Researchers at Michigan Tech and Harvard Medical School have developed a new way to create cardiomyocytes from induced pluripotent stem cells (iPSCs), for improved cardiac cell therapy. The team developed a culture mold that mimics the physiological conditions under which cardiomyocytes grow. When the team tested the molds, they found that the cells matured more quickly and showed enhanced functionality, compared with traditional 2D culture.
iPSCs show significant potential for cardiac regenerative medicine, as researchers can use biochemical cues to “program” them into a cardiomyocyte-like cell, which shows regenerative efficacy in damaged cardiac muscle. However, creating fully functional cardiac cells can be a challenge.
“Unfortunately stem cell therapeutics don’t have high success rates partly because the cells are not mature and fully functional. The maturation and functionality are essential,” said Parisa Pour Shahid Saeed Abadi, a researcher involved in the study.
Rather than focusing on biochemical cues, these researchers looked at modifying the 3D environment of the cells, with a view to creating an environment more like that found in the heart.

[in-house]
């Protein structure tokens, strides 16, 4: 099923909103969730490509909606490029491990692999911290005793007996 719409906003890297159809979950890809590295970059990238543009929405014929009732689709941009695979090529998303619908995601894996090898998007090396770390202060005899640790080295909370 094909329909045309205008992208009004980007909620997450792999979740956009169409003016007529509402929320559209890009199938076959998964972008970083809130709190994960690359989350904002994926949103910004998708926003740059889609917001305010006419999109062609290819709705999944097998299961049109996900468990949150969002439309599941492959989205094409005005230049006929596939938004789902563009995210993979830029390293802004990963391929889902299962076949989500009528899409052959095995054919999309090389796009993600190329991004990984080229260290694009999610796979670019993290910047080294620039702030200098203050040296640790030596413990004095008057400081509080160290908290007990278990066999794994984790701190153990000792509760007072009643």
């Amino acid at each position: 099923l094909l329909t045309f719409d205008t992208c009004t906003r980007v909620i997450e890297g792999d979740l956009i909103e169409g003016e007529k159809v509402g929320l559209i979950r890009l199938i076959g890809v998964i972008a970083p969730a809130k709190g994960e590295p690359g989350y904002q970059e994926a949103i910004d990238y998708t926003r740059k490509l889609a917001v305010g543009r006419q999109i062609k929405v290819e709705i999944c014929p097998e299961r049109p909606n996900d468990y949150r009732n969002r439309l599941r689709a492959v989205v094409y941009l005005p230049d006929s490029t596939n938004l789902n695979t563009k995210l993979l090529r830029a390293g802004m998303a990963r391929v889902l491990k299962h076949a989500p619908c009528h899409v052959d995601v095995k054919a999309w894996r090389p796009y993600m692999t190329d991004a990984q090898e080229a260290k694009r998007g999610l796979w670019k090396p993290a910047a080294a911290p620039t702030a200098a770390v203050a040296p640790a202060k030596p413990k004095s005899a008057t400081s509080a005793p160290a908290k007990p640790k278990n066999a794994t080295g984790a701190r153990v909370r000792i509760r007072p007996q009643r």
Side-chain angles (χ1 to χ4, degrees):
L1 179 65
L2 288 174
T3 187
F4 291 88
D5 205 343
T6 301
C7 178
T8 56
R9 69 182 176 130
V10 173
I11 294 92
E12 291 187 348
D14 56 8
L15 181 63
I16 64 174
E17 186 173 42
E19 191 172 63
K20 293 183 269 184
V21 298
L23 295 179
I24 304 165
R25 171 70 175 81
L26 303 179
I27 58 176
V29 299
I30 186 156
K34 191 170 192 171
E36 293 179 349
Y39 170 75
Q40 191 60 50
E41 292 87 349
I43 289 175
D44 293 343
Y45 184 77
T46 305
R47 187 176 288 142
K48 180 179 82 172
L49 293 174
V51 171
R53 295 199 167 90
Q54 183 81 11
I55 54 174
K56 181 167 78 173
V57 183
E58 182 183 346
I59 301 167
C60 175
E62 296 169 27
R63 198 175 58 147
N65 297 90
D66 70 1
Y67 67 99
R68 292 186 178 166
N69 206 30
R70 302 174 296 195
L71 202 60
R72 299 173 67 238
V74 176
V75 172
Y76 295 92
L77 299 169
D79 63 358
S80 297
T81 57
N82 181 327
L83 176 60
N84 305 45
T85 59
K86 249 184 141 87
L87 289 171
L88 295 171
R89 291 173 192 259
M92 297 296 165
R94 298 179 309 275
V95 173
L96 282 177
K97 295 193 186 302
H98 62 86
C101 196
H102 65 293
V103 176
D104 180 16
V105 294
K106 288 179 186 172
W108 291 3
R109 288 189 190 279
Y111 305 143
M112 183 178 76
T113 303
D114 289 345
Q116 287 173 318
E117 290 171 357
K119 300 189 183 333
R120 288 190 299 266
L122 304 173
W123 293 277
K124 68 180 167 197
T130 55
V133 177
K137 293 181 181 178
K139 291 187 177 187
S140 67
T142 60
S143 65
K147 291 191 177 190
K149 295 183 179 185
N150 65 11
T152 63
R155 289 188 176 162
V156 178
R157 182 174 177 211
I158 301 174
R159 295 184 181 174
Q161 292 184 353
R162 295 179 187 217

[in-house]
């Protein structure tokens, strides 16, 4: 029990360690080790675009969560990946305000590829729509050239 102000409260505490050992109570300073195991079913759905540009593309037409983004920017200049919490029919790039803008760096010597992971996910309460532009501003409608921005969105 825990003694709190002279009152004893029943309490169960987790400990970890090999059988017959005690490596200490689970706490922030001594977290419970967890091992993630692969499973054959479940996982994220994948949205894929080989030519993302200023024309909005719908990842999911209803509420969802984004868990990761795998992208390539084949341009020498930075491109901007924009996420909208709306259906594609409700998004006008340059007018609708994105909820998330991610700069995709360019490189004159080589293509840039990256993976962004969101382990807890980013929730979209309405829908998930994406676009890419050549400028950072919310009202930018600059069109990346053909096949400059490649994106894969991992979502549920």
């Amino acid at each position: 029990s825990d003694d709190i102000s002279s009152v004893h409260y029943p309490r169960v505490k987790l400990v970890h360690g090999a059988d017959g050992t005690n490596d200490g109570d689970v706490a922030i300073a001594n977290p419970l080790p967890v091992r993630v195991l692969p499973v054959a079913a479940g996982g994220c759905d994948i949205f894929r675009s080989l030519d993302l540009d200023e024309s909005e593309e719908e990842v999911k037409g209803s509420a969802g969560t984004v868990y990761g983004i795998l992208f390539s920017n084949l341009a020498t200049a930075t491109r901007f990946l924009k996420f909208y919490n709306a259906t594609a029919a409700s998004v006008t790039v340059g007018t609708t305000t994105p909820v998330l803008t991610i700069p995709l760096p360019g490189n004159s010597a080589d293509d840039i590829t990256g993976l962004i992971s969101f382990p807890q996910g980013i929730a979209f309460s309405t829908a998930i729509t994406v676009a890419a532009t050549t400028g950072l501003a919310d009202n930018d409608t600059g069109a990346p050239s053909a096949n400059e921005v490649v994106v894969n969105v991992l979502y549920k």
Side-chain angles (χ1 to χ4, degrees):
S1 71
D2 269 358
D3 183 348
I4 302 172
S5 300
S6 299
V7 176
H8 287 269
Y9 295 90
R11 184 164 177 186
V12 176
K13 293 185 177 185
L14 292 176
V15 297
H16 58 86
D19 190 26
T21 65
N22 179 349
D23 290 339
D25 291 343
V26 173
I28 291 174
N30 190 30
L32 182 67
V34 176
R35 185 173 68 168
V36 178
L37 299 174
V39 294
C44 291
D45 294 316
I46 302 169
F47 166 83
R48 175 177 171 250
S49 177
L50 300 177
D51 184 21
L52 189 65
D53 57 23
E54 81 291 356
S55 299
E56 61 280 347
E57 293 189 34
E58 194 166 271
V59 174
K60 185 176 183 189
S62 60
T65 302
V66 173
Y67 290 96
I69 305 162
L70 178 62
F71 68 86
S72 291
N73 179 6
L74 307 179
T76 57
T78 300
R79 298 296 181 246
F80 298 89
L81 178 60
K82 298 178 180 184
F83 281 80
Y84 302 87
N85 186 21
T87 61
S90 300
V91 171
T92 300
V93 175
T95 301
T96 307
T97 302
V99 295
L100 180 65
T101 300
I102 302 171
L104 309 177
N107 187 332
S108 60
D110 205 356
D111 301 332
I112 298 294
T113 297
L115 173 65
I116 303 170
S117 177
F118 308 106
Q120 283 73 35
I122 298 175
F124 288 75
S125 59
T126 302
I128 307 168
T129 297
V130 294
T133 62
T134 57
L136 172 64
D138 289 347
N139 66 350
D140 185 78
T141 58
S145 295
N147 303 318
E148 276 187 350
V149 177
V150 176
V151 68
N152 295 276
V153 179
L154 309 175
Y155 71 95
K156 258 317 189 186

“The mechanical properties of substrates play an important role in the cell behavior because the mechanical cues that cells sense in the actual (heart) environment is unique,” said Abadi. “We are using biochemical and biomechanical cues to enhance the differentiation and maturation. If we don’t take advantage of the physical cues and only rely on chemical cues, the process suffers from low efficiency and batch-to-batch inconsistency.”
Using photolithography to shape a polydimethylsiloxane substrate and micropatterning to alter the substrate surface, the researchers developed 3D molds that mimic the natural forces and pressures that cardiomyocytes experience in the heart. The micropatterning alters the cell cytoskeleton and nuclear shape of cells cultured in the molds, causing changes in gene expression. This results in more robust, mature and functional cardiomyocyte-like cells. As the cells mature, they begin to beat, and more closely resemble mature, native cardiomyocytes.
The researchers plan to test the cells in an animal model of cardiac disease, and also investigate the potential of enhancing electrical conductivity between the cells, to facilitate the cell-cell communication that occurs in the heart.
Study in Advanced Functional Materials: Engineering of Mature Human Induced Pluripotent Stem Cell-Derived Cardiomyocytes Using Substrates with Multiscale Topography…
Via: Michigan Tech…